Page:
You’re Not A Bad Parent, They’re Not Bad Kids (or Pets)

My children can perform some pretty impressive feats. Is it magic? Do they have some sort of time machine they can use to stop time for me but allow them to keep going? This rule applies to pets too – because we all know that fur babies can perform this same magic.

I once said that it didn’t matter if I hid/threw away/locked up every writing utensil in the house. The Universe has a special wormhole that will open up and distribute a writing utensil if there is a toddler who wishes to get creative. If they want to draw, then they will indeed draw. For fun, and proof, I’ve attached some pictures to this blog of some of the messes my very own darlings have created. And the reason I say it’s magic? Because they find ways to get things that are out of reach and put away. They manage to make a colossal mess during the time it takes me to do any of the following things: Make a bottle, change a diaper, pee, preheat the oven, and much, much more. Now for some of these I did make the mistake of walking out of the (very loud) room to take an important phone call or do the dishes. Those were mistakes of epic proportions. Just when my children are sitting quietly and playing or watching T.V., I think to myself, “I have 5 minutes. I can load the dishwasher real quick and be back before they notice I’ve left.” WRONG.

The same thing goes for pets. And not unlike children, the older they are, the better it gets. But at first? Good gravy. Puppies will chew anything and EVERYTHING they can get their little, sharp, teeth on. And kitties will shred anything they can get their little, sharp, claws on.

So why do they do it? Do they hate us? Are we bad parents? Are we raising a bunch of ruthless hellions? Do they have zero regard for the fact that we’ve told them “NO!” when they do these types of things? Are they destined to be horrible people/animals forever? Luckily, No. To all of that. Children are destructive because they are doing their jobs. Their jobs are to explore, experiment, learn, grow and play. And sometimes, doing that makes an incredible mess. They don’t mean to irritate you. They aren’t trying to be horrible. They are simply developing. Now, that doesn’t mean that you can’t correct the behavior and guide them into understanding that some things should not be done and that there are times and places for messes to happen that are more appropriate. But don’t get angry at them, and don’t blame yourself. Know that – like everything else with them – this time is temporary and they will grow out of it. They will learn through your guidance that these things aren’t okay, but it will take time. And believe me, spreading a bag of flour around your kitchen and jumping in mud puddles are two very different things. To your child, each mess is it’s own experience, so don’t assume they understand the likeness between them.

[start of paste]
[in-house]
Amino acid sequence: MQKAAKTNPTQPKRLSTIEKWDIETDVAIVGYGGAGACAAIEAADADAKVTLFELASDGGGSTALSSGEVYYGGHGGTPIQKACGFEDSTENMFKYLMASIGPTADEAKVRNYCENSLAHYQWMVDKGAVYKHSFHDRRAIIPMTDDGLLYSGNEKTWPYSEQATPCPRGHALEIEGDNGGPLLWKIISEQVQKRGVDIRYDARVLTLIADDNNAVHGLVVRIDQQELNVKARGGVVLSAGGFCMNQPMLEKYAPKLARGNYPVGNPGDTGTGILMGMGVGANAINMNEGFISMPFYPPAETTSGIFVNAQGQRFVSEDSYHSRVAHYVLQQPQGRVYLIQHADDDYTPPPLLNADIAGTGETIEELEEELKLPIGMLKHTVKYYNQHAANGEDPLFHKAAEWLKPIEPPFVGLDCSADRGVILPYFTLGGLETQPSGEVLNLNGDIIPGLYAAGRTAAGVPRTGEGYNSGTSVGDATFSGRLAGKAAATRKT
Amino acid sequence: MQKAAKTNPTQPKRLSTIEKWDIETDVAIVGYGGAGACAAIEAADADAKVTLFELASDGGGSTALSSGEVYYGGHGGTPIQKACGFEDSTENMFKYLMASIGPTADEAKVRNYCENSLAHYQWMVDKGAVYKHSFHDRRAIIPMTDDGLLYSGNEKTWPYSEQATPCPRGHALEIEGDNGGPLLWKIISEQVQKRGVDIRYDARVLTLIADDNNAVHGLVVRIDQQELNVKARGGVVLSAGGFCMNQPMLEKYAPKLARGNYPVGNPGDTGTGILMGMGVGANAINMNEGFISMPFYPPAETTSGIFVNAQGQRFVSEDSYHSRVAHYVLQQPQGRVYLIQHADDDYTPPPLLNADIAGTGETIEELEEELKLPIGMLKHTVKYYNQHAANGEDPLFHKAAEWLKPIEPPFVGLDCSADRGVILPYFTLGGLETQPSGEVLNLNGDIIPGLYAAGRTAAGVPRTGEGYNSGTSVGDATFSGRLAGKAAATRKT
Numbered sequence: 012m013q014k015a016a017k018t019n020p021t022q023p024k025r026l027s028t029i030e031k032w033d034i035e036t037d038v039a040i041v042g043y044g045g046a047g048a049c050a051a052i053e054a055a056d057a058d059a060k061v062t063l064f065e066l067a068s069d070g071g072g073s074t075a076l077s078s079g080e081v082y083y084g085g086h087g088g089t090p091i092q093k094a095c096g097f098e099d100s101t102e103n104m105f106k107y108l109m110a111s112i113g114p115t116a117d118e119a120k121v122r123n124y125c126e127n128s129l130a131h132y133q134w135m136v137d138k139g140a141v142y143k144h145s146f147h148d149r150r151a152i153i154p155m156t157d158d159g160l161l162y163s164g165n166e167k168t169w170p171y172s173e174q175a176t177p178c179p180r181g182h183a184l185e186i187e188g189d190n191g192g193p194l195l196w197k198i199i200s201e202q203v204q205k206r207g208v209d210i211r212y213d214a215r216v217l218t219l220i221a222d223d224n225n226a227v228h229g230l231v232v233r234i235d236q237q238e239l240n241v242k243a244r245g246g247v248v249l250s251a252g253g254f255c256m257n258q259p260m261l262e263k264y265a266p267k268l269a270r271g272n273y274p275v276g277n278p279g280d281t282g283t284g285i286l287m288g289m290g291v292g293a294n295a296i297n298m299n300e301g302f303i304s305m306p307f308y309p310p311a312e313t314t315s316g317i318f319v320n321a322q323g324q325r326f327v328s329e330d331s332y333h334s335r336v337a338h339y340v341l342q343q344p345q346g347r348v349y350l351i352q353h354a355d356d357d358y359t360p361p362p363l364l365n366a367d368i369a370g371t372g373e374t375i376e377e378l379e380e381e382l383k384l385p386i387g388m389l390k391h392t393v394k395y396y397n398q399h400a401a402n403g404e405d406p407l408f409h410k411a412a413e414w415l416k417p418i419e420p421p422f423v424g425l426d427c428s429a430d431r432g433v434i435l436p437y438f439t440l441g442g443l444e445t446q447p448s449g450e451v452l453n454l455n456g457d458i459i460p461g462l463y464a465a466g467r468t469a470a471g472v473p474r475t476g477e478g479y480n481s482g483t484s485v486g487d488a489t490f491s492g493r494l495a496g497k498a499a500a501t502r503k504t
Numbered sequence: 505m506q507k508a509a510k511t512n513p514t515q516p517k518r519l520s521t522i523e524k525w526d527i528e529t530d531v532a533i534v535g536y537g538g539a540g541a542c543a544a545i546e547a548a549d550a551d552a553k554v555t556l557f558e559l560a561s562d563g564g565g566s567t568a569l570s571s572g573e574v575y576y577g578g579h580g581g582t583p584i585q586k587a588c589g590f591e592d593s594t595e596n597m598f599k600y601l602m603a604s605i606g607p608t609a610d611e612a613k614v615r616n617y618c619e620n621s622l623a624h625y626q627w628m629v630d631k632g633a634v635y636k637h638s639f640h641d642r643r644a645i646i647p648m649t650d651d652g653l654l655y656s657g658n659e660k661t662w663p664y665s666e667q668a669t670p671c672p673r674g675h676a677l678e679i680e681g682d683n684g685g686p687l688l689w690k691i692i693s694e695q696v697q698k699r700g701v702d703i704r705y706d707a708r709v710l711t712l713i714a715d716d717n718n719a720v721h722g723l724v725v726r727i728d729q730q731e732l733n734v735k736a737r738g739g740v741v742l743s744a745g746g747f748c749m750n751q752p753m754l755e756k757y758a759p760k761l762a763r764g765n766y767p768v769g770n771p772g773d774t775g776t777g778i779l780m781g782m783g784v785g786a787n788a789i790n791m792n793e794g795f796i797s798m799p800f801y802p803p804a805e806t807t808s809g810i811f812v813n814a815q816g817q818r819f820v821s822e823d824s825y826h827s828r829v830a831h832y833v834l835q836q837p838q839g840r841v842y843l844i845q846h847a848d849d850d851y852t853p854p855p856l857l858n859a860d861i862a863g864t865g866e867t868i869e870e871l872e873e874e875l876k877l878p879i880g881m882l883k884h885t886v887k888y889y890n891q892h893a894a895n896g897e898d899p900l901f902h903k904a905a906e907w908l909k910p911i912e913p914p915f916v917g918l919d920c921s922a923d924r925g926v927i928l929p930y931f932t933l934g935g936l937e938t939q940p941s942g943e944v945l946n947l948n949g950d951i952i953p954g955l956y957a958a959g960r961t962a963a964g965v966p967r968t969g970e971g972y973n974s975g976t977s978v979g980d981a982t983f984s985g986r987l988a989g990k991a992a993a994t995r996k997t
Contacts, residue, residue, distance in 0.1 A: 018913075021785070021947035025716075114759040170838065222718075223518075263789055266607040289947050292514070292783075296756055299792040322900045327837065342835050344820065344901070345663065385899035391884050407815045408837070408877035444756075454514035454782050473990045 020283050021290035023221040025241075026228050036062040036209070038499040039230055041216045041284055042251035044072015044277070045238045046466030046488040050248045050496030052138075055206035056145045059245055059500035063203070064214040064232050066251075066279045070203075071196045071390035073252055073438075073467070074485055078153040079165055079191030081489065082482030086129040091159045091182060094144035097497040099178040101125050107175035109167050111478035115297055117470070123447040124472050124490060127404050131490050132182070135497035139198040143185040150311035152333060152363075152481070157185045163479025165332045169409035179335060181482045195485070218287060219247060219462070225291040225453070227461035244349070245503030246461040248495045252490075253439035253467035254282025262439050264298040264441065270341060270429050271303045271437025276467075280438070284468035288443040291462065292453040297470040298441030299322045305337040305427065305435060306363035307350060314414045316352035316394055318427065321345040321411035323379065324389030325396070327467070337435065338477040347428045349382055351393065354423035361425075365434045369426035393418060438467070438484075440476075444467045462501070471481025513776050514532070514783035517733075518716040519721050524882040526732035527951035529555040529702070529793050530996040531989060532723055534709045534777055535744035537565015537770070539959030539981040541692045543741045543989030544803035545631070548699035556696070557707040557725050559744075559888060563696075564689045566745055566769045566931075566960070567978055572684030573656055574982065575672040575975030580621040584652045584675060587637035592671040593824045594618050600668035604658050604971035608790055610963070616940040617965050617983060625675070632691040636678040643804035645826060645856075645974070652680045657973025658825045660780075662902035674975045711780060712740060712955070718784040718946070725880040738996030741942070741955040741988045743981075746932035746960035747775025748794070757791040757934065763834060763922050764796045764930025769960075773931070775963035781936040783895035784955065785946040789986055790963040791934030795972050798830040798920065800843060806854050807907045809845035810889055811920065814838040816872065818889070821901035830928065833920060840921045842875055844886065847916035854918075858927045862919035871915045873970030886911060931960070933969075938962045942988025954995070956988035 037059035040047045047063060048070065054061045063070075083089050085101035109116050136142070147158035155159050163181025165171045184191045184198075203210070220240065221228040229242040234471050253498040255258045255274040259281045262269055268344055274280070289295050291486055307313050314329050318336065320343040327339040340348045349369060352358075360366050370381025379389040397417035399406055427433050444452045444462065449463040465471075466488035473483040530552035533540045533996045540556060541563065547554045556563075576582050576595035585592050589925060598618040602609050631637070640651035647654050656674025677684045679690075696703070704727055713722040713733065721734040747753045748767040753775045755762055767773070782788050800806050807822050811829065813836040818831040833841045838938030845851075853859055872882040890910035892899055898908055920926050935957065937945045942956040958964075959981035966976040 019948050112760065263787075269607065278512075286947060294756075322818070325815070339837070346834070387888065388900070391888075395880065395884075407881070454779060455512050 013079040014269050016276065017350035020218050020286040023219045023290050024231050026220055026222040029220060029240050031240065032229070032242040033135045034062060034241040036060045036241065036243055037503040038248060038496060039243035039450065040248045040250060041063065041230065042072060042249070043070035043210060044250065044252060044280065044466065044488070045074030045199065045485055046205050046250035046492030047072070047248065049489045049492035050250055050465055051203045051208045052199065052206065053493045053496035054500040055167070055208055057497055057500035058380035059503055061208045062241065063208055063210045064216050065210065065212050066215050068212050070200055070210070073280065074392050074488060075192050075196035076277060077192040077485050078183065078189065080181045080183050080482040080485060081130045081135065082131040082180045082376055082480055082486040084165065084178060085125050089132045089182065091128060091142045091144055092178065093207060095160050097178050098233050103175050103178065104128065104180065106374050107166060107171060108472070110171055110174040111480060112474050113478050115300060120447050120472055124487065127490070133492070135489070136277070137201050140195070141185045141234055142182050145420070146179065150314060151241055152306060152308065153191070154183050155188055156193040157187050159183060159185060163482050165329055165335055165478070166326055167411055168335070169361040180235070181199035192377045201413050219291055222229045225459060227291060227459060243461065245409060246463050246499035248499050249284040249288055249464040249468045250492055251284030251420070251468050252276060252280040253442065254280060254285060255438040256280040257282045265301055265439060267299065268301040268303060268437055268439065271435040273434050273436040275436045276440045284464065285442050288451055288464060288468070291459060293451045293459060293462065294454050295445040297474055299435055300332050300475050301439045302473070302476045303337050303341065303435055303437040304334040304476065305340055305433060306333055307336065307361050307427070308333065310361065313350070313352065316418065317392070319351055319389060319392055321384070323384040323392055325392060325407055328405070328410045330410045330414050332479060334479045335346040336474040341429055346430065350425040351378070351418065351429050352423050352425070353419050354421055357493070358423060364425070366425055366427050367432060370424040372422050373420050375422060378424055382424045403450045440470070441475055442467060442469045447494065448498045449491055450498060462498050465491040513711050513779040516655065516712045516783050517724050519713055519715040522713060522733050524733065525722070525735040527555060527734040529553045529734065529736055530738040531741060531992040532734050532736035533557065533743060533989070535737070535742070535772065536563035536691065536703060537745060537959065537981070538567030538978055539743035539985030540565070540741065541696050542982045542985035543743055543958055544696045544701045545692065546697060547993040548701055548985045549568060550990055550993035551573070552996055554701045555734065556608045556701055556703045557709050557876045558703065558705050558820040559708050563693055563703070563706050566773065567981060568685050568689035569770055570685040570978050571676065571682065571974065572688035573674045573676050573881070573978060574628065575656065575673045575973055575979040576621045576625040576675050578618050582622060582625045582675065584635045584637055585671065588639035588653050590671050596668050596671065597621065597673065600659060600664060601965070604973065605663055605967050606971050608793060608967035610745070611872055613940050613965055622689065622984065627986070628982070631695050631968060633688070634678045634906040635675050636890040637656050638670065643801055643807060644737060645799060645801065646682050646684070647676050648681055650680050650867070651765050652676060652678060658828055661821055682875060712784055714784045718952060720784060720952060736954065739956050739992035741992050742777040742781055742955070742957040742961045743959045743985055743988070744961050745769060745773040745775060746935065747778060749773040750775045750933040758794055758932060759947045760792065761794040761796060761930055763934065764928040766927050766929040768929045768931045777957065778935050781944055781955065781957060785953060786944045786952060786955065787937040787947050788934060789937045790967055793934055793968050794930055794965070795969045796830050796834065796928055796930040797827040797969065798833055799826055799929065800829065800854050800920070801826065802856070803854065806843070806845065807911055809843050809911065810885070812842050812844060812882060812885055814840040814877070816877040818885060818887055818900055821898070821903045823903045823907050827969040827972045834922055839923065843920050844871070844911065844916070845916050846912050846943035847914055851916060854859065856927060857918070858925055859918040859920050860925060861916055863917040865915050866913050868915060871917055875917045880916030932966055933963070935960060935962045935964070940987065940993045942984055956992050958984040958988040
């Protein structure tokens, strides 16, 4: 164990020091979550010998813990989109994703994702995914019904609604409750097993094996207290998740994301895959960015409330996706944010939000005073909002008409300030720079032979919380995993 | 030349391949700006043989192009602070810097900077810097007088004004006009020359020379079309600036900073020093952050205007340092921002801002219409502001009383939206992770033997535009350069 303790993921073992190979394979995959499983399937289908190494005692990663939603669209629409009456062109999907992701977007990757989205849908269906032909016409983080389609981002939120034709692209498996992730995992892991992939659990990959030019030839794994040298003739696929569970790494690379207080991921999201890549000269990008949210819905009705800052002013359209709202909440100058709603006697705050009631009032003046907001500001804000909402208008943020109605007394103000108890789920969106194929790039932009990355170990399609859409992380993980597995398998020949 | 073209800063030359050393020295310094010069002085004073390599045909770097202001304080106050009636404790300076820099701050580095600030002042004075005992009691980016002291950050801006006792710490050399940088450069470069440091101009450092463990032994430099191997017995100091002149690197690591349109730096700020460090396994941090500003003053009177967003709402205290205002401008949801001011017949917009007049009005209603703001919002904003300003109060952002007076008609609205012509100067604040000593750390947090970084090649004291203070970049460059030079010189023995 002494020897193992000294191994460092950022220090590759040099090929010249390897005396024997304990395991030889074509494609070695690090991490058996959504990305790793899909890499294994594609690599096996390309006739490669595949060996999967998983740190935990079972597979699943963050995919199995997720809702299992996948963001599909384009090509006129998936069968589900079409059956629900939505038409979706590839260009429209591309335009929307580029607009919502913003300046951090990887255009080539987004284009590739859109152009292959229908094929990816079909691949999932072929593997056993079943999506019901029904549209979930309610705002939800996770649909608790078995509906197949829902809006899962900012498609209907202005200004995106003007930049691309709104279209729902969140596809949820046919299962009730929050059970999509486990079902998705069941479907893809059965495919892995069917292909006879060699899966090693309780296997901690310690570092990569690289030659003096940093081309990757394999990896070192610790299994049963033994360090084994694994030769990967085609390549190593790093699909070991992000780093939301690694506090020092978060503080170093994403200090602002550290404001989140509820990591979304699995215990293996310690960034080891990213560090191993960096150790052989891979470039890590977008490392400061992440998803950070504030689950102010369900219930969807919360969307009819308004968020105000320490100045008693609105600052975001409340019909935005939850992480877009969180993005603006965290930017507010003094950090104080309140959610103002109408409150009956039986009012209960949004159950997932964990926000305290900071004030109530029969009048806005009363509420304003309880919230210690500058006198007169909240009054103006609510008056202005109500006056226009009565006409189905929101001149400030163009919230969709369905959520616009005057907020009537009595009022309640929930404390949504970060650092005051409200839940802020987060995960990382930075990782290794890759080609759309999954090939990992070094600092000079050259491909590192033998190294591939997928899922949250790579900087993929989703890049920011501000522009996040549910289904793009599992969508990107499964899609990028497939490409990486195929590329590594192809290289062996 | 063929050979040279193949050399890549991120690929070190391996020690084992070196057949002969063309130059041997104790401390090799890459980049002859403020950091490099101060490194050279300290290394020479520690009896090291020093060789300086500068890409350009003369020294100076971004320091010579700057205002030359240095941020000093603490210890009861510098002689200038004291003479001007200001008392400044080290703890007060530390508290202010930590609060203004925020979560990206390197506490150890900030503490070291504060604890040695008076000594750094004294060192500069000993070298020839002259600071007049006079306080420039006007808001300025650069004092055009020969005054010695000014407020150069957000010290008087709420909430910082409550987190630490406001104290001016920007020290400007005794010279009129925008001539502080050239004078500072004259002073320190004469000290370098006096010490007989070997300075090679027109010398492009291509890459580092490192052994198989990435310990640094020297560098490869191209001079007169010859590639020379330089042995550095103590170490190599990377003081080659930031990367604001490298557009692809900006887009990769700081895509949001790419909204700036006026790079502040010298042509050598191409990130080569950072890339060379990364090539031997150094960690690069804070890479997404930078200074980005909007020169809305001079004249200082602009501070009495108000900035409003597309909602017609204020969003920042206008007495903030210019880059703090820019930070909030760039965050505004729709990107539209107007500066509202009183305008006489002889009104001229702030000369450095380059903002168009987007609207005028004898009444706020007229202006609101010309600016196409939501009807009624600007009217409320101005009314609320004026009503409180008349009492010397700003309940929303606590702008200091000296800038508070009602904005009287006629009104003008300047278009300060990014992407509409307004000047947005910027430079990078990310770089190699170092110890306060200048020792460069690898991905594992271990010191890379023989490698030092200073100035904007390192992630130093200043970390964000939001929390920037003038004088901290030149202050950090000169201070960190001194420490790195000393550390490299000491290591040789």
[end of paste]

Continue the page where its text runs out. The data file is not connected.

And for pets, the advice is the same. Scratching and chewing are developmental. They’ll grow out of it with time – in the meantime, get them some great chew toys and a scratching post. And I suggest you put your favorite shoes in an impossible to reach place.

 

 

Top: (L to R) Max draws smiley faces on his knees. Max finds whiteout and draws alover himself, my desk and my mouse. The boys dump a box of cereal in the living room – teamwork!

Bottom: (L to R) The boys make syrup pools to eat and play in. Max dumps a box of rice cereal on the floor and makes “snow angels.” Max and Audrina make Max a tiger. Bennett rubs diaper cream all over his face.

 

4 Replies to “You’re Not A Bad Parent, They’re Not Bad Kids (or Pets)”

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